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Twenty Years as a Hound Hotel

Dogwood Acres Pet Retreat keeps pace with our changing culture of pets

Audrey and Kurt Reichardt

       Disneyland claims to be the happiest place on earth, but Dogwood Acres Pet Resort in Davidsonville may be the happiest place in Anne Arundel County. At least that’s what owners Audrey and Kurt Reichardt believe. And it’s hard to argue with a hundred wagging tails.

         Now in its 20th year, the pet resort began when the Reichardts, as young traveling professionals, had a difficult time finding quality boarding for their beloved black Labrador Casey. Not satisfied with the offerings, they opened their own pet lodge.

         A lot has changed since 1997 in the booming pet business. “We were told we couldn’t make money doing this,” says Audrey. “Boy, were they wrong.”

         Guiding me through the resort, Audrey kisses and greets nearly every animal, almost 300 during the peak summer months. “We have space for about 180 for lodging and around 100 for daycare,” she explains.

         Distracted by the furry faces, the wagging tails, the big eyes and eagerness for attention, it’s easy to forget all that goes into caring for a pet. That list keeps growing as we understand more about animal behavior and embrace new ideas.

         In a building bursting with Weimaraners, spaniels, hounds, Scotties, Westies, golden retrievers, German shepherds, Labradors, corgis and more, meeting the varied needs of these animals keeps the Dogwood Acres staff hopping all day long.

         Having cared for senior dogs to puppies, working dogs to pampered pooches nearly every day for the last 20 years, Audrey Reichardt tells Bay Weekly how the times have changed.


         Feeding our pets has changed significantly over the past 20 years In the beginning it was just dry kibble. Fancy food just meant we mixed the kibble in with canned dog food. Now it’s raw diets, a lot more vegetables, much more people food. The kibble is still good for their teeth, but the protein quality in the food has really ramped up.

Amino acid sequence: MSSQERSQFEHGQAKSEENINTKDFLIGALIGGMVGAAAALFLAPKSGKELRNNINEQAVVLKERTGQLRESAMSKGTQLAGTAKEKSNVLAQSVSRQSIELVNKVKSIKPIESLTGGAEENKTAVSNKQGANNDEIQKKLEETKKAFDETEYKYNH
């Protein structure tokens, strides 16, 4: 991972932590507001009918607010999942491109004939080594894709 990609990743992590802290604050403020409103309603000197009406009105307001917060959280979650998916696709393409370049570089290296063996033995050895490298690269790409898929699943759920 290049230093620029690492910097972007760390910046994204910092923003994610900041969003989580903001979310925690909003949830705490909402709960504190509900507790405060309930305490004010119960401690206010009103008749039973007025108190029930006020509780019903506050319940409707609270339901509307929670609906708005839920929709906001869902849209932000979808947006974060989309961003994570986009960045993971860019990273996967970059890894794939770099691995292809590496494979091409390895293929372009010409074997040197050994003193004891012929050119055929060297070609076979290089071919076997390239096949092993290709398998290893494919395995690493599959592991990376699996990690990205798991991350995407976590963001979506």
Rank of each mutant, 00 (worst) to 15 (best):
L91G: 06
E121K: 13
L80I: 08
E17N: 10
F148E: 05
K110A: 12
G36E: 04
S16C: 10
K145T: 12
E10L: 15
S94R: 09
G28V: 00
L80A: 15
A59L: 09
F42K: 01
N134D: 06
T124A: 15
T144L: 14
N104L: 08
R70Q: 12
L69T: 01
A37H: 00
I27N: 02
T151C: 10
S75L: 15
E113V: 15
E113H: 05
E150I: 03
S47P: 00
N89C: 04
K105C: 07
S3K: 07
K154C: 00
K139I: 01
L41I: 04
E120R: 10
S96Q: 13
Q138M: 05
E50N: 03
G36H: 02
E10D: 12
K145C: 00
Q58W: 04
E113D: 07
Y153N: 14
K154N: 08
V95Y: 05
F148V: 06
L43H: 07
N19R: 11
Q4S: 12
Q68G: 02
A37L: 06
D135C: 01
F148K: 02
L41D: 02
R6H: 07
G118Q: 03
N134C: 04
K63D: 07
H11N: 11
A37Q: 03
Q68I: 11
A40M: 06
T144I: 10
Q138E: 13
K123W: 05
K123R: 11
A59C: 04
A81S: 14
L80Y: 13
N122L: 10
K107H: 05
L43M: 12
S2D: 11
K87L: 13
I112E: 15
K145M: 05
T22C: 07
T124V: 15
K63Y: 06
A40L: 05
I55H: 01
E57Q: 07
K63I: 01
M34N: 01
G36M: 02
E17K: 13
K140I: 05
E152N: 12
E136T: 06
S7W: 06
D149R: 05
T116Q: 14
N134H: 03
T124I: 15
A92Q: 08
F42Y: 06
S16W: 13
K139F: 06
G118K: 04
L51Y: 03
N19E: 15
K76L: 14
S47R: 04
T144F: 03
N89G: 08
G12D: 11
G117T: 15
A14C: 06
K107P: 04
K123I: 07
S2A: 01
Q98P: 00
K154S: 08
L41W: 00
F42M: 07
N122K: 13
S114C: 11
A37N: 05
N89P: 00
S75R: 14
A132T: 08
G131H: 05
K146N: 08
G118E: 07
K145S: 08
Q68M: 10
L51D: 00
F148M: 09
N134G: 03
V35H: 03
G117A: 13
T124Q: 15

We carry 10 different types of food, and if we don’t carry it, owners can bring in their own food. We roast chicken, we make rice, we make macaroni and cheese, it doesn’t matter, whatever they do at home, we do it here.


         A kennel is not an animal shelter: tiny cages, concrete floors. Our original building was built in the 1970s. We built the new wings in 2003 with an indoor and outdoor area for each pet. The whole place has air-conditioning in summer, heated floors in winter. We are building a second location in Stevensville in almost the same way.

         Some dogs stay in luxury suites with their own couch and TV in the room.


         A lot of what we do is just as much for the owners as the pets. Owners send in luggage, special bedding and toys for their pets staying with us. We understand the pet is part of the family and if it makes the family feel better for the dog to have this fluffy towel with it during its stay, we tag it and make sure it stays with the dog.


         Over the years our services have catered to all types of pet owners, but we especially appeal to those who commute far to work and don’t want to leave their pet home alone all day. They want their dog to have interaction and attention when they can’t be home.

         That’s why we have so much staff: We are keeping the animals busy. It started as just my husband and me. Quickly we had to hire an employee. Now we have over 50 employees during our peak season.

Enrichment & Exercise

         We take the dogs on nature walks on an enclosed path for an on-leash, quiet, one-on-one time. They get to play on one of three outdoor playgrounds; one has a pool.

         We know they have adrenaline running through them constantly when they are here, as opposed to being at home. That can be happy adrenaline or unhappy adrenaline. They see other dogs running around, and they want to play. They are curious and excited, which can cause even more anxiety. That can certainly impact their health. So it’s important that they get out to let it out.

         Less social dogs still need some type of interaction, things that are good for the brain. So we have enrichment activities for them. It could be an agility course, a ball pit or a puzzle treat.

Medical needs

         We pay so much more attention to diet and exercise now. We weigh the dogs weekly so we can track how they are doing and if they are eating enough — or, often times, too much. We also inspect them for any bumps, scratches, wounds, hot spots. We want to be aware and make the owners aware of their animal’s wellbeing. We catch tons of ear infections before their owners have any idea it’s happening. We also host pet loss workshops, because we go through that too with the owners. After 20 years, we have known some pets their entire lives.

What kinds of pets?

         We care for some cats — and guinea pigs. Upstairs in the indoor playground (where Bob, the resident fat cat reigns) are two piggies, whose canine siblings were being cared for downstairs. They get their own special area and cuddle time with a staff member. We take care of that family’s dogs, and their kids were sad that no one was taking care of the guinea pigs while they were all on vacation.

         We can handle bunnies, guinea pigs, ferrets — no birds, amphibians or reptiles. But everyone on staff wants us to get a resident pig. I’m sure someone is going to ask us to take care of a pig soon.